Oahu farmland purchased by state in 2013 site of massive dump site

EXCLUSIVE: State farm land plagued by illegal dumping

HONOLULU (HawaiiNewsNow) - In 2012, the state Agribusiness Development Corp. paid $13 million for 1,200 acres of former Galbraith Estate lands in Wahiawa.

The idea behind the purchase, according to the state, was to preserve some of the most productive agricultural land in Hawaii and help make the state less dependent on imported food.

Nearly six years later, most of the property is still fallow. What's growing instead is an illegal junkyard that better resembles a bumper crop of derelict cars, trailers and rubble.

"That's just so illogical and irrational. It's a waste of taxpayer money because we spent a handsome amount for this land," said environmental activist Carroll Cox.

Drone video shot by Cox shows more than 70 cars lined up along a pathway though the fields, which are located across Kamehameha Highway from Camp Poamoho. More than double that amount lies hidden under trees and overgrowth.

"I think it's a problem statewide on all lands that are not occupied. We see this on (Department of Land and Natural Resources) land, we see this on (Department of Transportation) land," said state Sen. Donovan Dela Cruz, (D) Wahiawa.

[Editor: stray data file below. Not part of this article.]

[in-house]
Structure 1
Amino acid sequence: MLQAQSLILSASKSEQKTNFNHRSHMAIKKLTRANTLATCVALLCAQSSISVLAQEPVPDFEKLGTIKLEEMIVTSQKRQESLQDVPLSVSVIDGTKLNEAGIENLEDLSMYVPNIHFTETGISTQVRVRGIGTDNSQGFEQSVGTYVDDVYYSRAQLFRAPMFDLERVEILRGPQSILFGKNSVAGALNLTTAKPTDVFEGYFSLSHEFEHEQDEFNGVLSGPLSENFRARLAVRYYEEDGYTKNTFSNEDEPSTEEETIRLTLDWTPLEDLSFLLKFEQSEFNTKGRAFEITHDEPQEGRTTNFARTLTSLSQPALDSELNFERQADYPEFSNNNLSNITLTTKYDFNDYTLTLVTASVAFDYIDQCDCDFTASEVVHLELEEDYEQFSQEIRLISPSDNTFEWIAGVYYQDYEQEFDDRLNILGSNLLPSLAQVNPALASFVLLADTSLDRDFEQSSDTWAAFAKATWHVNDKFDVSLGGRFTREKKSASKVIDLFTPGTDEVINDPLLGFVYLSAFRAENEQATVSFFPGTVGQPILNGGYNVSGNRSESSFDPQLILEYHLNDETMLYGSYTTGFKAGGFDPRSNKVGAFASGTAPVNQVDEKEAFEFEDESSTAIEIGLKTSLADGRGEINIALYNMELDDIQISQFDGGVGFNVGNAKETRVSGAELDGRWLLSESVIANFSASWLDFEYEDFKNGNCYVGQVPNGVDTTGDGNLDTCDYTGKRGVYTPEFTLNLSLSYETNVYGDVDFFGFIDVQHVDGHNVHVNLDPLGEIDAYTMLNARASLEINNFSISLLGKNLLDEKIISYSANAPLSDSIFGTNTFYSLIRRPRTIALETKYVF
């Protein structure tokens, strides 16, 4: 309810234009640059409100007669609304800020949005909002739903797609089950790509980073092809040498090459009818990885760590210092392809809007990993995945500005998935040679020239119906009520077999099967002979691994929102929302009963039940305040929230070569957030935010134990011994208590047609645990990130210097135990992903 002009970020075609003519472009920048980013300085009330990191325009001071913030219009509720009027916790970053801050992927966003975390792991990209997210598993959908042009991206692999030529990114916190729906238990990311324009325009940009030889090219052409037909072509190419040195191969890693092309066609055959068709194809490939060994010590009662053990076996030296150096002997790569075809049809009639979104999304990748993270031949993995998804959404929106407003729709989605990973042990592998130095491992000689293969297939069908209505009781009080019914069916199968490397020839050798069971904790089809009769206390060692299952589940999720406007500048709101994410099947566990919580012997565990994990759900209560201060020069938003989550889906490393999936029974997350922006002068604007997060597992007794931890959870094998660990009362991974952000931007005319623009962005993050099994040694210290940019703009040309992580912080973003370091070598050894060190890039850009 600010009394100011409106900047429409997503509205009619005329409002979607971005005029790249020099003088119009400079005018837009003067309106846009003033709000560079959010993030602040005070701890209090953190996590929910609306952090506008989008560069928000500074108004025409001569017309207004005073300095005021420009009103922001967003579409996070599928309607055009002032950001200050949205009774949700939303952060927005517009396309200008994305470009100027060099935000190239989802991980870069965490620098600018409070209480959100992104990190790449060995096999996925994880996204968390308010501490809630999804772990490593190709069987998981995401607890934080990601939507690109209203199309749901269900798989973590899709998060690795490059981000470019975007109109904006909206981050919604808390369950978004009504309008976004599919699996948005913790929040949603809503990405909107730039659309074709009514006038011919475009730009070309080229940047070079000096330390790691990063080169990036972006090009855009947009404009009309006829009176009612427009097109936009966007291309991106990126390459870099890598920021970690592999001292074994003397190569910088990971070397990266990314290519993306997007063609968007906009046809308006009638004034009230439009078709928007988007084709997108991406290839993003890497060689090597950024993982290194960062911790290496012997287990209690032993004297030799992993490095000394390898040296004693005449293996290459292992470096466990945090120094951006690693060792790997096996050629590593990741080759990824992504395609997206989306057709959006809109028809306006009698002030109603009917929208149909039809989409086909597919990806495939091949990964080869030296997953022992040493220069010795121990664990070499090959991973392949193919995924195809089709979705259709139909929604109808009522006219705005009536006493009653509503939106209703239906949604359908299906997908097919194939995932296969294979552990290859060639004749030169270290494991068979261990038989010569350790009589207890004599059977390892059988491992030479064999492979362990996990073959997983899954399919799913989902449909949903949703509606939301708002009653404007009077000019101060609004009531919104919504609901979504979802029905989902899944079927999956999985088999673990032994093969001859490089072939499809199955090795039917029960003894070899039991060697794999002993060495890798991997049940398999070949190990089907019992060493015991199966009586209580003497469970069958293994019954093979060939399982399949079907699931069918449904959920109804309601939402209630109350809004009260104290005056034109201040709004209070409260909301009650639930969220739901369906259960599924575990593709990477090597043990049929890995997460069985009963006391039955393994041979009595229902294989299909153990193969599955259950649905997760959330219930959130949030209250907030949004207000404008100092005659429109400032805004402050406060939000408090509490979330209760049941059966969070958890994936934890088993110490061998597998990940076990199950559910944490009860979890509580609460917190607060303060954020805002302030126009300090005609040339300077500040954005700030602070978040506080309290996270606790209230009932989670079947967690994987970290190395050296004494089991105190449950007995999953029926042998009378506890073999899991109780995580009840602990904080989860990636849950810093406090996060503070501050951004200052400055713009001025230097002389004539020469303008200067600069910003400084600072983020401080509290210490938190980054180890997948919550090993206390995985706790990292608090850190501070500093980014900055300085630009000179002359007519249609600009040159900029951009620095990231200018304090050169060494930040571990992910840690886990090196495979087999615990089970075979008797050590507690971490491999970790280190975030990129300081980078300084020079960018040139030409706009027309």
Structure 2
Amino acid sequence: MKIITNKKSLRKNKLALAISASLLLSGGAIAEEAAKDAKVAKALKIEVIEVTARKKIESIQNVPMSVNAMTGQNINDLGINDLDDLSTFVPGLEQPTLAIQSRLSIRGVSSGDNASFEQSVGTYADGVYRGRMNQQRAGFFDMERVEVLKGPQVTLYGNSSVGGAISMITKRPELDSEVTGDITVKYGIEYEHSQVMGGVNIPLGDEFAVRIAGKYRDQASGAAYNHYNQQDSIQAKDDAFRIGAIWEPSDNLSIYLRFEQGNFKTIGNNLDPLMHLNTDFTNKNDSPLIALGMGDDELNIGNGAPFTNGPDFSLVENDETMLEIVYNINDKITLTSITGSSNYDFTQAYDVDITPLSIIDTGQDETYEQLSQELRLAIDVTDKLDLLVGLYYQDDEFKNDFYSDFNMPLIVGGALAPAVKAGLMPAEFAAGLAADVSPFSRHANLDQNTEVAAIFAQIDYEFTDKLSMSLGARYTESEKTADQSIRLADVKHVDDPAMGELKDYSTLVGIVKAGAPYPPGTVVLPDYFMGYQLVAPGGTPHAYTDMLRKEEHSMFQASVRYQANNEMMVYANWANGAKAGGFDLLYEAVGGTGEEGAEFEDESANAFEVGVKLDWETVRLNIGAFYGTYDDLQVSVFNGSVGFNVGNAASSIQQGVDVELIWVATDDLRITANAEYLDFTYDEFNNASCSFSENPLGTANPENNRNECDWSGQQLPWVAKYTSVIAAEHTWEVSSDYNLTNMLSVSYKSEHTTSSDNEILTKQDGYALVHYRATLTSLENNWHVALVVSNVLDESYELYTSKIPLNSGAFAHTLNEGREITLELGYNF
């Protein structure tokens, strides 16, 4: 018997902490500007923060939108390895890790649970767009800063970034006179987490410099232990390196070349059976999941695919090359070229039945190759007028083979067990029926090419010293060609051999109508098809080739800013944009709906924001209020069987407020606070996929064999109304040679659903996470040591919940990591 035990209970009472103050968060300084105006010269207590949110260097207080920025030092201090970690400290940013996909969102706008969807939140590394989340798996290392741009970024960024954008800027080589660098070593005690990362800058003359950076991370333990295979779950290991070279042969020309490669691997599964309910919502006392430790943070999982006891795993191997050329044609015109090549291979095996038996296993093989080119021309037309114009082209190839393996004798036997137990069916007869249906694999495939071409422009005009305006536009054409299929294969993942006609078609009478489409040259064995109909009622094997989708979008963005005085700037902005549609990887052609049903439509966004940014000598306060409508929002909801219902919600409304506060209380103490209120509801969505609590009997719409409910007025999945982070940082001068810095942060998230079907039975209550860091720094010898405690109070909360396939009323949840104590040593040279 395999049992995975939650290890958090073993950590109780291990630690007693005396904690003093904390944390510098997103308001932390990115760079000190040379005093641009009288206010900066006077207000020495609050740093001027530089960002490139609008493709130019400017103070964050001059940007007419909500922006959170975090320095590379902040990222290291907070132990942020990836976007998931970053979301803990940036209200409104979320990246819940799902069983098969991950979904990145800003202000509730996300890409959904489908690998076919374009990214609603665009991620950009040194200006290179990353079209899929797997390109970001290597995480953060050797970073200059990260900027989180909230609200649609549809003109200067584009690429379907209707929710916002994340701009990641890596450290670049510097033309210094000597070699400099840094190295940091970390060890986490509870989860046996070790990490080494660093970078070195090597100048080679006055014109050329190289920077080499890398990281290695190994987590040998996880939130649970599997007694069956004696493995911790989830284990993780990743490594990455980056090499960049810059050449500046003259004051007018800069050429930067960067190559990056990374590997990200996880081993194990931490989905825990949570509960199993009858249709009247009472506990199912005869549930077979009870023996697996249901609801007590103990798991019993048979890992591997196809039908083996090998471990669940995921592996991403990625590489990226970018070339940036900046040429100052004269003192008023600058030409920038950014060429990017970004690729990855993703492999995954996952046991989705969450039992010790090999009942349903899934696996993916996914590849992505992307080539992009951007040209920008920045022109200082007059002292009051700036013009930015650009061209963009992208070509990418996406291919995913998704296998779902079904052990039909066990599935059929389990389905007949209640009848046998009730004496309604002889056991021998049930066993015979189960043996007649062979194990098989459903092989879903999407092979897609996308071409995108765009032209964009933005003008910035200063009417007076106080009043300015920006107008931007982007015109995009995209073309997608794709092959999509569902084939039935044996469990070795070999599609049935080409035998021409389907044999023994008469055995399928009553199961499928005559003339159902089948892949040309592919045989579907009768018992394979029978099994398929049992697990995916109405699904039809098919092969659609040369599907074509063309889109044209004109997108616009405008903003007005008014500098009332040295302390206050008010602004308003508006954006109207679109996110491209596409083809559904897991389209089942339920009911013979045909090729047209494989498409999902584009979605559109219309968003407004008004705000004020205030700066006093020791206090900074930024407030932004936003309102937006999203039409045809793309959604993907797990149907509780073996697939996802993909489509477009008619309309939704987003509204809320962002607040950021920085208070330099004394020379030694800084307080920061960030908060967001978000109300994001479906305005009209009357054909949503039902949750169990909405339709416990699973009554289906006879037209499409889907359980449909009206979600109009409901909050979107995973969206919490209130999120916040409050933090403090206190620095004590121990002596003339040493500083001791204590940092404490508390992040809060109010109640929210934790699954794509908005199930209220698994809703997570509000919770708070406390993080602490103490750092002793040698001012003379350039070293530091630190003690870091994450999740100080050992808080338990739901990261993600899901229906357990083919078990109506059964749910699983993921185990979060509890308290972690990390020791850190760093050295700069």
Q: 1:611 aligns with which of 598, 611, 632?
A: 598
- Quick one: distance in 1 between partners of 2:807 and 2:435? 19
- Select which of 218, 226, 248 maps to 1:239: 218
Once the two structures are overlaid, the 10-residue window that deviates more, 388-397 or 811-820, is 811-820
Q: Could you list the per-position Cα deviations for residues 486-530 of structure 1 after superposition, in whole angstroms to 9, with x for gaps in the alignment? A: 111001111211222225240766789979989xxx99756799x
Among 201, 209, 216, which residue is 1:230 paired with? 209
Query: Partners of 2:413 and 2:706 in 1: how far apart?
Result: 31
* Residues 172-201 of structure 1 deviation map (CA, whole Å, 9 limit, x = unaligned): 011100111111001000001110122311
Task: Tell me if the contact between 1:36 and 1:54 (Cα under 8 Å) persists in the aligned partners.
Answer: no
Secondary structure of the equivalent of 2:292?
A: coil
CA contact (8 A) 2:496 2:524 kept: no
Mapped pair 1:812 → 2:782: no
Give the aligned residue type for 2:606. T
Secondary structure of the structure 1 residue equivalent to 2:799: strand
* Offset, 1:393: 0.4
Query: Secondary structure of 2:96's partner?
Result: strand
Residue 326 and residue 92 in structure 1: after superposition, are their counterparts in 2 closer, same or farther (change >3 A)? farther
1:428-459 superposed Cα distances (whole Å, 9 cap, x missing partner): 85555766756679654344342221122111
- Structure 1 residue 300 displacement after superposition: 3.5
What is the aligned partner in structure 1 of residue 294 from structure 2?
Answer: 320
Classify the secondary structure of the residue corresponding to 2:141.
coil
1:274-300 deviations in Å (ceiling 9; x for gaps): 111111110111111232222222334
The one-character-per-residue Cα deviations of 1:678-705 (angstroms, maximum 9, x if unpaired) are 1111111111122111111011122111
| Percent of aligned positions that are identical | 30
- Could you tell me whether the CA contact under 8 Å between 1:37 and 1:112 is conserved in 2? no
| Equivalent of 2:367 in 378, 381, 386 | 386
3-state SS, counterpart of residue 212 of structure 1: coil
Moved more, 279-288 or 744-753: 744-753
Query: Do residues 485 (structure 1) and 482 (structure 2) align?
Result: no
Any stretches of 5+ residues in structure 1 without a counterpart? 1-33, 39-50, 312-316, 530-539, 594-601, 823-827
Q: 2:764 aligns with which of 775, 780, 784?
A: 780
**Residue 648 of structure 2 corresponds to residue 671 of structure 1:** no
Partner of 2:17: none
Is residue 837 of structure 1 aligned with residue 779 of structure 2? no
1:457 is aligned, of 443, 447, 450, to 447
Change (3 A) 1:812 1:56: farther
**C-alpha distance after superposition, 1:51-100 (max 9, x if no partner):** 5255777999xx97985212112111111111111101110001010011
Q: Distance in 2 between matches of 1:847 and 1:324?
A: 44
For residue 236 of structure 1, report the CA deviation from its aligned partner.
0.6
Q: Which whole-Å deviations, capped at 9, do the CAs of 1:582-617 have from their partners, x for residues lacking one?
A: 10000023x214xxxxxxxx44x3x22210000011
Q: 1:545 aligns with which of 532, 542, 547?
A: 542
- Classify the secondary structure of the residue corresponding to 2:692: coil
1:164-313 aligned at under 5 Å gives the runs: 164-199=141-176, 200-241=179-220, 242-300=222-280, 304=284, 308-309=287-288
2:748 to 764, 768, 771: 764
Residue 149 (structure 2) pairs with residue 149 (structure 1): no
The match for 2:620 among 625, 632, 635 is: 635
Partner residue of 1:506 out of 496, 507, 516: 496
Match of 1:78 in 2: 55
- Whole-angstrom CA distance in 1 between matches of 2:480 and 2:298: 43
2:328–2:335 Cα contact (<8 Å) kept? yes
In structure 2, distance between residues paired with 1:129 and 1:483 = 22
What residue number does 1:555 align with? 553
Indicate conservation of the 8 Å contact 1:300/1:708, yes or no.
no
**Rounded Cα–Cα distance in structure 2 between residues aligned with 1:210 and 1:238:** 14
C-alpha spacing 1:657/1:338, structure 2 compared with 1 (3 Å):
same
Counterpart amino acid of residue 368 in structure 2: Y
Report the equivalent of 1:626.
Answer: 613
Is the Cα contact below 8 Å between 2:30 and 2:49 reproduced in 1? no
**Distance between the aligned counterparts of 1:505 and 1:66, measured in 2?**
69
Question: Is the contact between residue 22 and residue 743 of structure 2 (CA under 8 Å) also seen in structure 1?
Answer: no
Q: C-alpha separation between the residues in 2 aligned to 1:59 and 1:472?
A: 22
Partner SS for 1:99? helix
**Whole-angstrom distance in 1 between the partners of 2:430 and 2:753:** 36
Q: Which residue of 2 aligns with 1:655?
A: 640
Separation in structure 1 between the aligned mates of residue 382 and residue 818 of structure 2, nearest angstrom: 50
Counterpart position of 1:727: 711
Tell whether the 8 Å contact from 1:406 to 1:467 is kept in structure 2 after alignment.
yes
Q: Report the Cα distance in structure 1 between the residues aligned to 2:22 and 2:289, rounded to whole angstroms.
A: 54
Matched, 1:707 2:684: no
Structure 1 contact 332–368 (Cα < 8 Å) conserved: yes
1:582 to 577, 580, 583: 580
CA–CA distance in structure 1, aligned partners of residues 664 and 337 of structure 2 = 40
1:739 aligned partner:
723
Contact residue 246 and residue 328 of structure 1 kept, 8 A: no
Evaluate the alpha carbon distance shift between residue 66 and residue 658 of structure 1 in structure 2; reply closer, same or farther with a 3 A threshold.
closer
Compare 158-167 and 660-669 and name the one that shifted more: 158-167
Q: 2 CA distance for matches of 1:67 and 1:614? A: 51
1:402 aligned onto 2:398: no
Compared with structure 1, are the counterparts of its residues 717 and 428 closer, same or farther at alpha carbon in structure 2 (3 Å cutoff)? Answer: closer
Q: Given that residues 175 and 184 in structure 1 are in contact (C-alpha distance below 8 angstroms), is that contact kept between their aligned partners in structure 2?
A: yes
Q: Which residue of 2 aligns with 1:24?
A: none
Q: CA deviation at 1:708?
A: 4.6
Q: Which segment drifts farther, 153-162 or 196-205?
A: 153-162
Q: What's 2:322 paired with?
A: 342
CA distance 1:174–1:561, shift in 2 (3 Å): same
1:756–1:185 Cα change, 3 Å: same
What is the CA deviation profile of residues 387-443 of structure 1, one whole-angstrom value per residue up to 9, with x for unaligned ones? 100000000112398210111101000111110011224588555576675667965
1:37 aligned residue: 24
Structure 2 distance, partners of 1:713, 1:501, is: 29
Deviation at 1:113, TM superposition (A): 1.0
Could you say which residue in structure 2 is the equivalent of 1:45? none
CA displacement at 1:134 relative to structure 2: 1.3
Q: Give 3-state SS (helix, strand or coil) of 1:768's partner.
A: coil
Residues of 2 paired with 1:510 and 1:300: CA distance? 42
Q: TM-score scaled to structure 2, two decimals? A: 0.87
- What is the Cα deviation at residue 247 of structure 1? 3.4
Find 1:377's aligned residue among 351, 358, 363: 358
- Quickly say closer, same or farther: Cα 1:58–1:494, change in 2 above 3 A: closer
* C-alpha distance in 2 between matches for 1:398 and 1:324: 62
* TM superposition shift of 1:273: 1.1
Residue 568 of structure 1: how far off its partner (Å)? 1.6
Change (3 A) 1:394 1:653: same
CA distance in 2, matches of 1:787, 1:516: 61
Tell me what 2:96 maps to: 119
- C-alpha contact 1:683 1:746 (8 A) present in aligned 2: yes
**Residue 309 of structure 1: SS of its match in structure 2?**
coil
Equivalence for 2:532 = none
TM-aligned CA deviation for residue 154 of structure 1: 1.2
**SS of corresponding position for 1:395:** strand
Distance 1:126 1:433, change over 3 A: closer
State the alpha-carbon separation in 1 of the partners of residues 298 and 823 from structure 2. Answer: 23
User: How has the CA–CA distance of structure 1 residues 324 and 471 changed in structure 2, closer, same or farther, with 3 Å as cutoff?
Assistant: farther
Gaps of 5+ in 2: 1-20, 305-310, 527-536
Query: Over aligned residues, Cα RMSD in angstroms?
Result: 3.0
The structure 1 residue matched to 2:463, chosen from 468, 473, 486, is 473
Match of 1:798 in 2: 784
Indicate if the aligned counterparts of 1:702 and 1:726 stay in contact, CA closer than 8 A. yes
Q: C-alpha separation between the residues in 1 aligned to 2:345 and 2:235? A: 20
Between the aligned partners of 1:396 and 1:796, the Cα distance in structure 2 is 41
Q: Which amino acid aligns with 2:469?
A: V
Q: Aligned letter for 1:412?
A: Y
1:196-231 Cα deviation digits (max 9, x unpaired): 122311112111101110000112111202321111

We approached the man who we're told is in charge of the scrap yard. He didn't want to answer questions on camera but did say the many of vehicles came from another highly visible illegal dump site on Kaukonahua Road, which is being cleaned up. He said he plans to remove the cars soon.

The state Agribusiness Development Corp., which owns the land, said it has been trying to get rid of the derelict cars and squatters for years.

The ADC tells Hawaii News Now that gates and other barriers that the agency has erected since 2012 have either been removed or destroyed.

But Cox blames the state for the problem. Since the land has been vacant for so long, it has attracted squatters and illegal dumping, he said.

Sources said the state has had trouble attracting tenants because the farm land doesn't have enough water. Irrigation water is available on just 500 of the 1,200 acres owned by the ADC.

The state agency said it is negotiating easements to deliver water on the remaining 700 acres. That deal is expected to be finalized by the end of the year.

Right now, ADC spends about $200,000 a year on security but it's mostly to secure its water pumps. Dela Cruz said lawmakers want to add $1 million to the agency's budget for security and to fight invasive species.

Other lawmakers favor charging a $10 fee for all cars shipped into Hawaii. The money would help pay for the disposal of derelict cars. But a bill proposing that died this session.

"We've gotta find a way to to get the abandoned and junked cars reprocessed, recycled and out of the state," said state Sen. Gil Riviere, (D) Waialua.

"There's a breakdown in the system."

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